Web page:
The suspension of aid by the US government for a publicly funded health programme has raised concern among doctors over expenditure of the projects. Mounting concern over rising national debt makes more scrutiny from unbiased viewpoints necessary not just for donor grants but especially loans to know if we are getting value for money or not.
While development loans are refundable by taxpayers, conditional grants also need scrutiny. Sadly the utilisation of such funds has not received desirable levels of input from the two main Kenyan doctors’ bodies: the Kenya Medical Association (KMA) and the Kenya Medical Practitioners, Pharmacists and Dentist Union (KMPDU).
Because their interests are unbiased and as the ultimate custodians of patient’s welfare, they need to be proactive in the scrutiny of such agreements, their spending and also be part of the impact evaluators.
For instance, the $50 million National Safety Net Programme (NSNP) and the Transforming Health Systems for Universal Care a $150 million could be starting points. Both are funded by the World Bank with the NSNP objective being to widen, improve governance and sustainability of the universal healthcare coverage fund.
With about 60,000 participating households queries arise as to whether counties will afford to take over as envisaged when the funders exit in three years. Most are already struggling to meet current healthcare budgets.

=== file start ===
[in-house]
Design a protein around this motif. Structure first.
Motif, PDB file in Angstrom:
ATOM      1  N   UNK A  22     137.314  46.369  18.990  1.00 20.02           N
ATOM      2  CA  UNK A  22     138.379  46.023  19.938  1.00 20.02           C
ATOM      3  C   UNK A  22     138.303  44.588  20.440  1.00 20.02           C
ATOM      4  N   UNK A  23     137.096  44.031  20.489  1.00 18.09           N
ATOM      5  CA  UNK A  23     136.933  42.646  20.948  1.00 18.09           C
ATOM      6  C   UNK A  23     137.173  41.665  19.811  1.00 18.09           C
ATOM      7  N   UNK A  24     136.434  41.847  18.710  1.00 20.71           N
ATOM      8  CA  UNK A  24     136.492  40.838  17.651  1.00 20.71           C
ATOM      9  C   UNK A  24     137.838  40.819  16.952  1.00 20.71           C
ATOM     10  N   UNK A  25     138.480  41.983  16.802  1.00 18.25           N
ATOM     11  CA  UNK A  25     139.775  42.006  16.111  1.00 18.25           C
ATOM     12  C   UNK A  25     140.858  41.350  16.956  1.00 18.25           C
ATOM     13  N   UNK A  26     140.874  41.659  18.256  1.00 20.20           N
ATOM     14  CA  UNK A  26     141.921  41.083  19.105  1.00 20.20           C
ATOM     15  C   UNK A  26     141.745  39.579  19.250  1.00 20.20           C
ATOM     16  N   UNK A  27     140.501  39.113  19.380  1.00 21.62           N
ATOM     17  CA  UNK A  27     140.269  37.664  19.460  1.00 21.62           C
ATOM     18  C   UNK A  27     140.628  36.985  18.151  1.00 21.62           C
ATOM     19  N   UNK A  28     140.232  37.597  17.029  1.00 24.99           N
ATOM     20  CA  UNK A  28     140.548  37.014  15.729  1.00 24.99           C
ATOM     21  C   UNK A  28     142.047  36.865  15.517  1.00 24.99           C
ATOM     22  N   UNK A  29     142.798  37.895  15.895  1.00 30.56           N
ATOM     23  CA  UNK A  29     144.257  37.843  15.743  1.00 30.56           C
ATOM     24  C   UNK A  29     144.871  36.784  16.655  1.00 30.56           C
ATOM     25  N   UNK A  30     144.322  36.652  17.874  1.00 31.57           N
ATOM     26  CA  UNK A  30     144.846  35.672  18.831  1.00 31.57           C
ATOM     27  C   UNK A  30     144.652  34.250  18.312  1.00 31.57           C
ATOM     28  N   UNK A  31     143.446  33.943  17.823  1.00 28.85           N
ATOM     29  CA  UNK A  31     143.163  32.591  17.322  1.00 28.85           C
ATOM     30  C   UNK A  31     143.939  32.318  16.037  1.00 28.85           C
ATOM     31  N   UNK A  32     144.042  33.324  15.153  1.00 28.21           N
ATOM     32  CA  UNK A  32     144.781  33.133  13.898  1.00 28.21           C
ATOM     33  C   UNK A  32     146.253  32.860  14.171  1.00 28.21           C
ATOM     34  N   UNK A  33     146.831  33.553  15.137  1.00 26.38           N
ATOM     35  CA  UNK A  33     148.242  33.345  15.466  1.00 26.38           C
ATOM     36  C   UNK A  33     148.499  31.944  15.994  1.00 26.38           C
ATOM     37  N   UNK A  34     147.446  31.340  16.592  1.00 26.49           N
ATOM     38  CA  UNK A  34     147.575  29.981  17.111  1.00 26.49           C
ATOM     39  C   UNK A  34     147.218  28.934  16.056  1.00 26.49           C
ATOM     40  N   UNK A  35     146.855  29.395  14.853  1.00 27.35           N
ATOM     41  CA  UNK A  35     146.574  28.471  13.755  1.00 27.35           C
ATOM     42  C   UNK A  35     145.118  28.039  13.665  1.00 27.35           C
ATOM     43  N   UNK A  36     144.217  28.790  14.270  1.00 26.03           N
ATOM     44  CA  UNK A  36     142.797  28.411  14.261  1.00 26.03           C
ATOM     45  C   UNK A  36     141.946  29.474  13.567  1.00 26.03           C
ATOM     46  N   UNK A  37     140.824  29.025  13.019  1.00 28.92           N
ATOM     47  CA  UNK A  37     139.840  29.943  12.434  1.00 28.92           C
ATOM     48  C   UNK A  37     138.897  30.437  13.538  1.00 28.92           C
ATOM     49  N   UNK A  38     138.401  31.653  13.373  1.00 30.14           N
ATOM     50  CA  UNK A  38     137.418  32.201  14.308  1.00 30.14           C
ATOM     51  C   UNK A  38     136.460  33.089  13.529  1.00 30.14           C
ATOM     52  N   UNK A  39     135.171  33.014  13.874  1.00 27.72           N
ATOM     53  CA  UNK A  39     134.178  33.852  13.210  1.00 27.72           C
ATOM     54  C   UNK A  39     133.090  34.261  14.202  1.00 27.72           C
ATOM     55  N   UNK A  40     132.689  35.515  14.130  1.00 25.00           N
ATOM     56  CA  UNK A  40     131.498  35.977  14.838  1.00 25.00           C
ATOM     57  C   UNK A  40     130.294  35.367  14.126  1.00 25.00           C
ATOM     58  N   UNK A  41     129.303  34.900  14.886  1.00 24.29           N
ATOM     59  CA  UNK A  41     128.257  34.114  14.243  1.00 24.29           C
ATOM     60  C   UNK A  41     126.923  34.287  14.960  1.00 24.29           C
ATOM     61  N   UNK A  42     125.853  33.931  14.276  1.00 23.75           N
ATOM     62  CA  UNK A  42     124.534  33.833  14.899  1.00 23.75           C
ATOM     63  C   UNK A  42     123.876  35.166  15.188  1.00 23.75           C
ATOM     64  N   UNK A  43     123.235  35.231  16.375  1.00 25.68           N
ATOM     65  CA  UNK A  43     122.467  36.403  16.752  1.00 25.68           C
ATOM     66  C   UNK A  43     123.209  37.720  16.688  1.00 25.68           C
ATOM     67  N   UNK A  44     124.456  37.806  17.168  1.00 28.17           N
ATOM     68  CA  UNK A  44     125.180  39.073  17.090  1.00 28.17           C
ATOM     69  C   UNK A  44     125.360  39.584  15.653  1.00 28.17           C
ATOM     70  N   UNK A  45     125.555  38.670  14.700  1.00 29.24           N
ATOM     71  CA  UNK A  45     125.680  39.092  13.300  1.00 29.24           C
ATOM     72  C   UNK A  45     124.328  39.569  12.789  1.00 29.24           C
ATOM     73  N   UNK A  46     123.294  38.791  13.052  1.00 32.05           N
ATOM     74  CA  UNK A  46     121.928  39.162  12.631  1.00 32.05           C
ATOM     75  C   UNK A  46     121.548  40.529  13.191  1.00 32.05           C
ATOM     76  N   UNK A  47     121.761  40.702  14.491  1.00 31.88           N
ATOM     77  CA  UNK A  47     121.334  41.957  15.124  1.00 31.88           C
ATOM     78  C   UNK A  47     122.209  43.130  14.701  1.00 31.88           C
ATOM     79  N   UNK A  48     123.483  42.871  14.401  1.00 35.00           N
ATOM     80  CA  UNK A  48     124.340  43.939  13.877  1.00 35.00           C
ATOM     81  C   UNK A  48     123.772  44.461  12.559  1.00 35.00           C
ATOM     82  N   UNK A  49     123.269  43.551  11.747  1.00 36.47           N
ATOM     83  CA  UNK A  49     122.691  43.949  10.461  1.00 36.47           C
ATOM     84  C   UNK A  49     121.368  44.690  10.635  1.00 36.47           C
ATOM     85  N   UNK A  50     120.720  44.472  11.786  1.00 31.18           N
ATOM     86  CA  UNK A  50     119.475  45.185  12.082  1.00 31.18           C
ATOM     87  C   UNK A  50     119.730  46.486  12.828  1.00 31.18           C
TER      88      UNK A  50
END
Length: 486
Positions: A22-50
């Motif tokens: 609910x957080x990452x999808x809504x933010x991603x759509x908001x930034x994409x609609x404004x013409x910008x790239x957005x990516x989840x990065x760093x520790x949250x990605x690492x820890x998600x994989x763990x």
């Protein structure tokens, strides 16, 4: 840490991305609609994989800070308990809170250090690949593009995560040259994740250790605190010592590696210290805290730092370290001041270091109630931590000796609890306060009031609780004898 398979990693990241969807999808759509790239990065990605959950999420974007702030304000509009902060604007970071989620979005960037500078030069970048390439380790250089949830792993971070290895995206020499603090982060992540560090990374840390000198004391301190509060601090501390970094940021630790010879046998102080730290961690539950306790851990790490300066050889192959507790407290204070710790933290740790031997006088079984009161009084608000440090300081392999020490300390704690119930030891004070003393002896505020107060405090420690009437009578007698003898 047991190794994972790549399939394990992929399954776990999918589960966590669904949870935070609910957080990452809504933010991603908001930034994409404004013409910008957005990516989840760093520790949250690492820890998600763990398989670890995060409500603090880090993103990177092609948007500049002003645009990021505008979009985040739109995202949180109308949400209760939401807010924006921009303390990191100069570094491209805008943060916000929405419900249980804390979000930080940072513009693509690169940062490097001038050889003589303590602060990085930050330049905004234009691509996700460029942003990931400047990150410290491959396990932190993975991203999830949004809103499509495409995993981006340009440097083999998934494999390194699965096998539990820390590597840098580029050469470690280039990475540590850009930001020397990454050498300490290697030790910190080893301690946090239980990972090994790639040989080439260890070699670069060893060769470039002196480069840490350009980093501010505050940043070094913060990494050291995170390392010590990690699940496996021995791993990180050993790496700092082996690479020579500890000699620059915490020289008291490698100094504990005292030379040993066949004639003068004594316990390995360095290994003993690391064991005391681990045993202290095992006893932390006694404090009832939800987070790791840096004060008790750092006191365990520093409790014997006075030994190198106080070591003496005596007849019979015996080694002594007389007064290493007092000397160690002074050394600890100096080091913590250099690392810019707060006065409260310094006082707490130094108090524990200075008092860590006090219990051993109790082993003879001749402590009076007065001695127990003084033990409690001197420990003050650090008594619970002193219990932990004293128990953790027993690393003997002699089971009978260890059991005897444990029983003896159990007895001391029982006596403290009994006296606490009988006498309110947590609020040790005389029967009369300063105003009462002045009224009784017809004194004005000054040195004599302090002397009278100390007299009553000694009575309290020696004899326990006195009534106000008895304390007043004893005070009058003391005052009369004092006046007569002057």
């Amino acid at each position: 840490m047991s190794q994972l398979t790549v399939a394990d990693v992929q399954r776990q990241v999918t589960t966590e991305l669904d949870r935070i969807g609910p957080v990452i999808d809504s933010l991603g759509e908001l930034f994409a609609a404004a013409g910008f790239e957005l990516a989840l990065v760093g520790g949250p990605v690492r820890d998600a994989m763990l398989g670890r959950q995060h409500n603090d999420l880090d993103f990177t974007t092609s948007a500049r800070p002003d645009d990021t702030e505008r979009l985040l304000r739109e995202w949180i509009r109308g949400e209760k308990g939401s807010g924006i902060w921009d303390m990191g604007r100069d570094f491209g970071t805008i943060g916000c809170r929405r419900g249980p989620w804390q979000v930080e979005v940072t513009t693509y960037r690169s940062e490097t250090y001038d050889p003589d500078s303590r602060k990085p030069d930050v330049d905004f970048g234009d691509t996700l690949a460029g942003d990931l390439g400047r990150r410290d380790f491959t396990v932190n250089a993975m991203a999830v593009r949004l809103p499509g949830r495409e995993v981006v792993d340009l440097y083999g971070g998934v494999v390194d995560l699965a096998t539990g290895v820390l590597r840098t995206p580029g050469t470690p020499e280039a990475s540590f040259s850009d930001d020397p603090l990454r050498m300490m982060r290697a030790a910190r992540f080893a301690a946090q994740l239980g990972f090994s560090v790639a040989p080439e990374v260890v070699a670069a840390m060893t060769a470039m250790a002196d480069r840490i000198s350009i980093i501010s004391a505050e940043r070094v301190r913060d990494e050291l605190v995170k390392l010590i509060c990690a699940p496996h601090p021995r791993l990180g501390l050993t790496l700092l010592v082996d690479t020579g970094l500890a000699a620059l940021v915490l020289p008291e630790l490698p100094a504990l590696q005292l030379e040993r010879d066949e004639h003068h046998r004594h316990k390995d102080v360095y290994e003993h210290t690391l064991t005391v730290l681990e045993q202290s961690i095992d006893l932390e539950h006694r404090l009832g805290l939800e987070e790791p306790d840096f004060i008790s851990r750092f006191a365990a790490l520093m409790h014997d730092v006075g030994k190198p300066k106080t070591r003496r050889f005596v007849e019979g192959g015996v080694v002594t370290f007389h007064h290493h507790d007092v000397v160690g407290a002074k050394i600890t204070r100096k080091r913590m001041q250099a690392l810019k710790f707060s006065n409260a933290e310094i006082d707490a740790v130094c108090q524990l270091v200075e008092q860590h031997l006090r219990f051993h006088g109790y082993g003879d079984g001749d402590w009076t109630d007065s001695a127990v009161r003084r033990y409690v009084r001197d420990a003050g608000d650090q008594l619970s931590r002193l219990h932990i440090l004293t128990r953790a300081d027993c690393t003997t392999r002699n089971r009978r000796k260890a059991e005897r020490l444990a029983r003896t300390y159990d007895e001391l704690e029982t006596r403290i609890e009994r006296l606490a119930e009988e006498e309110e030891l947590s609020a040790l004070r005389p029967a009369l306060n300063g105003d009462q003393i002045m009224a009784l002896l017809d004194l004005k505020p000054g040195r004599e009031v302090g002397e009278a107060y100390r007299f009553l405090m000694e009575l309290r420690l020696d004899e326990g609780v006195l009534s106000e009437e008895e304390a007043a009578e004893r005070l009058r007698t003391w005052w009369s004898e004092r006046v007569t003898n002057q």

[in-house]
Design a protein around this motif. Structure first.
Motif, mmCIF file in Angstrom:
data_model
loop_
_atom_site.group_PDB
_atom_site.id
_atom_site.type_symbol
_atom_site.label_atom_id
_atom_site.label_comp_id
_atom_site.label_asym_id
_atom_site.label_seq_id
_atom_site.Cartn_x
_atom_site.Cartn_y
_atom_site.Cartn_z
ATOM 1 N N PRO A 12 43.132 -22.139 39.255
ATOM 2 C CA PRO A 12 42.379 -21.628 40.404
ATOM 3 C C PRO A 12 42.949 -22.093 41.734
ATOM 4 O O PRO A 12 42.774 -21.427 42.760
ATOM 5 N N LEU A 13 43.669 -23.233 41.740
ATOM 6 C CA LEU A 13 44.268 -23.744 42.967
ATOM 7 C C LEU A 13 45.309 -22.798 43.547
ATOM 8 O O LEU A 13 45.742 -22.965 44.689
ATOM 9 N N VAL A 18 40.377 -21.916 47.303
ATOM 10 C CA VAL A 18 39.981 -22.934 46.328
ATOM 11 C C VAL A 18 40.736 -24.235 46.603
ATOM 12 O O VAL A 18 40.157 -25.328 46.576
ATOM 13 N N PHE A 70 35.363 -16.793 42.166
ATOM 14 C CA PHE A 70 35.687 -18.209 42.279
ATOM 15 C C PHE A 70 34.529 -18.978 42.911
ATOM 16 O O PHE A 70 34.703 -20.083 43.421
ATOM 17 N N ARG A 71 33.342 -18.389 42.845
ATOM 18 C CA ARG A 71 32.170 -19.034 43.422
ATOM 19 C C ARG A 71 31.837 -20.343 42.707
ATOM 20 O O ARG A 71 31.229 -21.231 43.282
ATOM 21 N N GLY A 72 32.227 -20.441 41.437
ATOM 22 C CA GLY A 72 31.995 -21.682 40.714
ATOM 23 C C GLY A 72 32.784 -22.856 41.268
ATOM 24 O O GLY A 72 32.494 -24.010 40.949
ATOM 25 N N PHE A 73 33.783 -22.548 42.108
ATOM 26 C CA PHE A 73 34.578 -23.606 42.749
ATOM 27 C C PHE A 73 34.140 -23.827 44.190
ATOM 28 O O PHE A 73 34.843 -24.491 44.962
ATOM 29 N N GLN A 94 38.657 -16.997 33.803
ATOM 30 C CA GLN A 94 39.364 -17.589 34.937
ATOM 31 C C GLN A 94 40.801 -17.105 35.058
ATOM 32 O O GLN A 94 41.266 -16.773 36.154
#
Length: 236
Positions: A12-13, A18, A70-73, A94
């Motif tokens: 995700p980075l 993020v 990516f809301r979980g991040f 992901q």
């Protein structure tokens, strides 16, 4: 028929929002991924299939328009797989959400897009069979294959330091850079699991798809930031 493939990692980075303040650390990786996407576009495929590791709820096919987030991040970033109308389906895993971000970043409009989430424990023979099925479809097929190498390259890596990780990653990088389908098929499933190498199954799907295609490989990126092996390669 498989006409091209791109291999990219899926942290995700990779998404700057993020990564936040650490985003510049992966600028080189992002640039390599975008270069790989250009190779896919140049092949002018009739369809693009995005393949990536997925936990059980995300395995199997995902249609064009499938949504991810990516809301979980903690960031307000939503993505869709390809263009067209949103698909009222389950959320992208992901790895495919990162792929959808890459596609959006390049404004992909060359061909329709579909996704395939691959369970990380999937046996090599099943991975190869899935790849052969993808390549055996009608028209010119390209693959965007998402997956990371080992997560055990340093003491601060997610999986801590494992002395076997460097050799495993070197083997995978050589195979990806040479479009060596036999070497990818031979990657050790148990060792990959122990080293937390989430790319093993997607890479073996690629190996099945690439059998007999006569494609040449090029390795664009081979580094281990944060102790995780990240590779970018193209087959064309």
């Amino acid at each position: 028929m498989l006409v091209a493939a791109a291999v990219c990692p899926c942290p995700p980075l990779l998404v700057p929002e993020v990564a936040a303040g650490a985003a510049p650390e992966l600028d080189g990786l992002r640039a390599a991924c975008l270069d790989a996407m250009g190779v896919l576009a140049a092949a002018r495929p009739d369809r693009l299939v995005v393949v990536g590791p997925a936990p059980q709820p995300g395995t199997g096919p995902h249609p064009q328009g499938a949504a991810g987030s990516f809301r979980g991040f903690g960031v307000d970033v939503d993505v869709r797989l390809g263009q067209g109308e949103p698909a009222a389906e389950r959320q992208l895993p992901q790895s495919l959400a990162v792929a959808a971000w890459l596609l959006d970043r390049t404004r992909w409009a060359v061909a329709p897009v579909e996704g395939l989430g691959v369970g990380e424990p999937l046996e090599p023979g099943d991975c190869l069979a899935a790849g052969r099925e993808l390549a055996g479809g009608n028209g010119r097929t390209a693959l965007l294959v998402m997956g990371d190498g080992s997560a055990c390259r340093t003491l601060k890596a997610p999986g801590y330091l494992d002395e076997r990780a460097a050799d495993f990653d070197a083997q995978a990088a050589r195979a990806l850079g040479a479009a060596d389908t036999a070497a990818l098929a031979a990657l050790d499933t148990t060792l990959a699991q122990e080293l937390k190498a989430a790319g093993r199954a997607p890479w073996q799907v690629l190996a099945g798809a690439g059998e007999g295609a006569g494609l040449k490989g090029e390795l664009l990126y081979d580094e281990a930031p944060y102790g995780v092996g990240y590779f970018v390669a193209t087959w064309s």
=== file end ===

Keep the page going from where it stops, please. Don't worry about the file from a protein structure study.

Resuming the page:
The Transforming Health Systems for Universal Care project as designed has multiple components all geared towards the improvement of the quality of care with a focus on maternal reproductive health related focal areas.
One of the key components of this fund is “strengthening the monitoring and evaluation” capacity of the health system. While standard practice is to have mid-term or end-point evaluators of projects like these, the manner in which it often happens means not all angles are captured.
Often missing is the “critic’s viewpoint” offered by a group not directly benefiting. As a rural health worker, one weakness of such projects is that they do not emphasise on developing easily accessible external and publicly visible impact evaluation reports. Perhaps by oversight or intentional design to reduce roadblocks from independently interested parties.
For both the government and the funders, while such an approach may potentially slow or derail project timelines, it ensures a well-rounded approach.
The KMA and doctors’ union need to reach out and seek support to strengthen and improve their capacity to give independent input in such programmes since they have the patient welfare at heart and members are often the implementers on the ground.
Disclosure: Dr Omete is not affiliated to the KMA or the KMPDU.